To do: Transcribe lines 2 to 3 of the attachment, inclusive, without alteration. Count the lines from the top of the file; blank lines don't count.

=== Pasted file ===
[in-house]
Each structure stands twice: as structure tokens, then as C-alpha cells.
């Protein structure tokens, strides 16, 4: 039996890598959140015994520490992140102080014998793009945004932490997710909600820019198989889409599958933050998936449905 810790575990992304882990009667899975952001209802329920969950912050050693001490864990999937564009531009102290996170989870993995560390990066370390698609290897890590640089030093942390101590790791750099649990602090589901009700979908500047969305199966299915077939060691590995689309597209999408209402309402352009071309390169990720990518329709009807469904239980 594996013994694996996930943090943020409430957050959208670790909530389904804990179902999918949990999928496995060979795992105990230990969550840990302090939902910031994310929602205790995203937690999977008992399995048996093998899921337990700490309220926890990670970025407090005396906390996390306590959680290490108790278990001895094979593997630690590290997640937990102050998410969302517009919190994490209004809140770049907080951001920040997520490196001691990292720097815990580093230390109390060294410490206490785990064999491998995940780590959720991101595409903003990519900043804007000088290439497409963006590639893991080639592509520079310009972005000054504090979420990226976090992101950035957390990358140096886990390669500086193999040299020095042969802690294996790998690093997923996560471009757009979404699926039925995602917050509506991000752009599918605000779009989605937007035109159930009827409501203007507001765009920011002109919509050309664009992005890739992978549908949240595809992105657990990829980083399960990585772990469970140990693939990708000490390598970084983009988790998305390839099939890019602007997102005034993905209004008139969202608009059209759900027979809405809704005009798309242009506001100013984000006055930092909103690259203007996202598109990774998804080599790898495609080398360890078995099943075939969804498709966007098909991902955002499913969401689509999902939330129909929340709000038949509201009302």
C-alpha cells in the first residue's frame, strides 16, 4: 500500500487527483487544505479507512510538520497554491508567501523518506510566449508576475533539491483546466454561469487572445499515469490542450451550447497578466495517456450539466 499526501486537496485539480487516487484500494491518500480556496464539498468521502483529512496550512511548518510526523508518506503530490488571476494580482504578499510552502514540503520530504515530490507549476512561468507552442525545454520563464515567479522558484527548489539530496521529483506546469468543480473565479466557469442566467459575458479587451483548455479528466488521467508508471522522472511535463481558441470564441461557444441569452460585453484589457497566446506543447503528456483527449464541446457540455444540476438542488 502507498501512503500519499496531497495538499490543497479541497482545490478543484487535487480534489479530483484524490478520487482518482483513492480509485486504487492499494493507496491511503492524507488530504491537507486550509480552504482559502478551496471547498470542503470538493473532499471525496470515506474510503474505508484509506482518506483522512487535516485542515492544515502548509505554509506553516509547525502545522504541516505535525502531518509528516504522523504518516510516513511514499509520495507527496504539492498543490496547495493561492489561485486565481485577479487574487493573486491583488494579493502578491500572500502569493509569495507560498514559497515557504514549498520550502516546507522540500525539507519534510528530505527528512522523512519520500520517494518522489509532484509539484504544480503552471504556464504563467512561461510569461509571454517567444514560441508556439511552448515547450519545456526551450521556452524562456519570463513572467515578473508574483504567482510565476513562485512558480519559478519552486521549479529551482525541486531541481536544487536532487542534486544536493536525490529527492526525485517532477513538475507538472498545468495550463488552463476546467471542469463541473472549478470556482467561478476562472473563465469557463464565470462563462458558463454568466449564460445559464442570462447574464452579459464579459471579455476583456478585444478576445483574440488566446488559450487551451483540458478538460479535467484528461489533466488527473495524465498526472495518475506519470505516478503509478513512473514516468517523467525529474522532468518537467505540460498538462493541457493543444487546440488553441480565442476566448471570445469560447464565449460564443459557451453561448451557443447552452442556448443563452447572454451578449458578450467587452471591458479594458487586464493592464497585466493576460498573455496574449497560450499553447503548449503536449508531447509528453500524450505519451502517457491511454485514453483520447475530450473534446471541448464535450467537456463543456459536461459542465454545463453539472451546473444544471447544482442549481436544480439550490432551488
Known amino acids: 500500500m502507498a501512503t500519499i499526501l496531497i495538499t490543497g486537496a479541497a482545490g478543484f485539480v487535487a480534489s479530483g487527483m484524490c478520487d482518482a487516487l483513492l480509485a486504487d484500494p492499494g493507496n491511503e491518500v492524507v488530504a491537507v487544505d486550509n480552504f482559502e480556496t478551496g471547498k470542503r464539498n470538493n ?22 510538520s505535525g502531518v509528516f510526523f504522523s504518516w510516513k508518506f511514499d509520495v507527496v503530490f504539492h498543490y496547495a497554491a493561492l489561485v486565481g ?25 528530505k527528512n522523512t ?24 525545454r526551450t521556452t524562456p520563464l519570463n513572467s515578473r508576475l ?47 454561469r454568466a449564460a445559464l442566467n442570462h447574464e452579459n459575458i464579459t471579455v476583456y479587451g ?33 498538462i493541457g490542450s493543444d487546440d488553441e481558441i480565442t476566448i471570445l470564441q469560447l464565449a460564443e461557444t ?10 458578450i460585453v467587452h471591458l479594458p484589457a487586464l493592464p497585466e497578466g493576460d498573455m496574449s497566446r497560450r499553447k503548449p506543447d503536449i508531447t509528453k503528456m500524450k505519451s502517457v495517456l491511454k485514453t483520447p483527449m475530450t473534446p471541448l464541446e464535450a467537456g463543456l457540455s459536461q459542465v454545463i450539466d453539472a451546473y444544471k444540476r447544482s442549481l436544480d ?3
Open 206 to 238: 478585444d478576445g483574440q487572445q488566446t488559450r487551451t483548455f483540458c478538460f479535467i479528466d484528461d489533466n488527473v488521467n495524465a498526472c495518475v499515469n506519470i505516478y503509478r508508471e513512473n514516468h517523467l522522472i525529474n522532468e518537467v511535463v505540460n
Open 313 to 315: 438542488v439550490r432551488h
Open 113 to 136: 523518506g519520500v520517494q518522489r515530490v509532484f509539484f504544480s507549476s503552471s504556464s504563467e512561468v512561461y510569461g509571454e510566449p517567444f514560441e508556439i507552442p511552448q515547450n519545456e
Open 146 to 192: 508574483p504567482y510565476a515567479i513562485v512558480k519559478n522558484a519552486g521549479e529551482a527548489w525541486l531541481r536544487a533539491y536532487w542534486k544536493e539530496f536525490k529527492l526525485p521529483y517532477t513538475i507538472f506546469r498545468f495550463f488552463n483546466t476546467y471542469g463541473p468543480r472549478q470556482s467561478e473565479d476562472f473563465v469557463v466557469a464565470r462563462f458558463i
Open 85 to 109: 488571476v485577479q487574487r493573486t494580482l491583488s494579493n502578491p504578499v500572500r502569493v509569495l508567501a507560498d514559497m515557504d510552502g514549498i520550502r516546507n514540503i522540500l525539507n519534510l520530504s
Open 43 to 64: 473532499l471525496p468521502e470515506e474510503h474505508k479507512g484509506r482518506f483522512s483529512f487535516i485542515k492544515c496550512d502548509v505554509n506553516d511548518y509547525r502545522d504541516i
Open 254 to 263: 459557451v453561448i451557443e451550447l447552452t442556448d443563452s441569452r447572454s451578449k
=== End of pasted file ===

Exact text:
Each structure stands twice: as structure tokens, then as C-alpha cells.
């Protein structure tokens, strides 16, 4: 039996890598959140015994520490992140102080014998793009945004932490997710909600820019198989889409599958933050998936449905 810790575990992304882990009667899975952001209802329920969950912050050693001490864990999937564009531009102290996170989870993995560390990066370390698609290897890590640089030093942390101590790791750099649990602090589901009700979908500047969305199966299915077939060691590995689309597209999408209402309402352009071309390169990720990518329709009807469904239980 594996013994694996996930943090943020409430957050959208670790909530389904804990179902999918949990999928496995060979795992105990230990969550840990302090939902910031994310929602205790995203937690999977008992399995048996093998899921337990700490309220926890990670970025407090005396906390996390306590959680290490108790278990001895094979593997630690590290997640937990102050998410969302517009919190994490209004809140770049907080951001920040997520490196001691990292720097815990580093230390109390060294410490206490785990064999491998995940780590959720991101595409903003990519900043804007000088290439497409963006590639893991080639592509520079310009972005000054504090979420990226976090992101950035957390990358140096886990390669500086193999040299020095042969802690294996790998690093997923996560471009757009979404699926039925995602917050509506991000752009599918605000779009989605937007035109159930009827409501203007507001765009920011002109919509050309664009992005890739992978549908949240595809992105657990990829980083399960990585772990469970140990693939990708000490390598970084983009988790998305390839099939890019602007997102005034993905209004008139969202608009059209759900027979809405809704005009798309242009506001100013984000006055930092909103690259203007996202598109990774998804080599790898495609080398360890078995099943075939969804498709966007098909991902955002499913969401689509999902939330129909929340709000038949509201009302």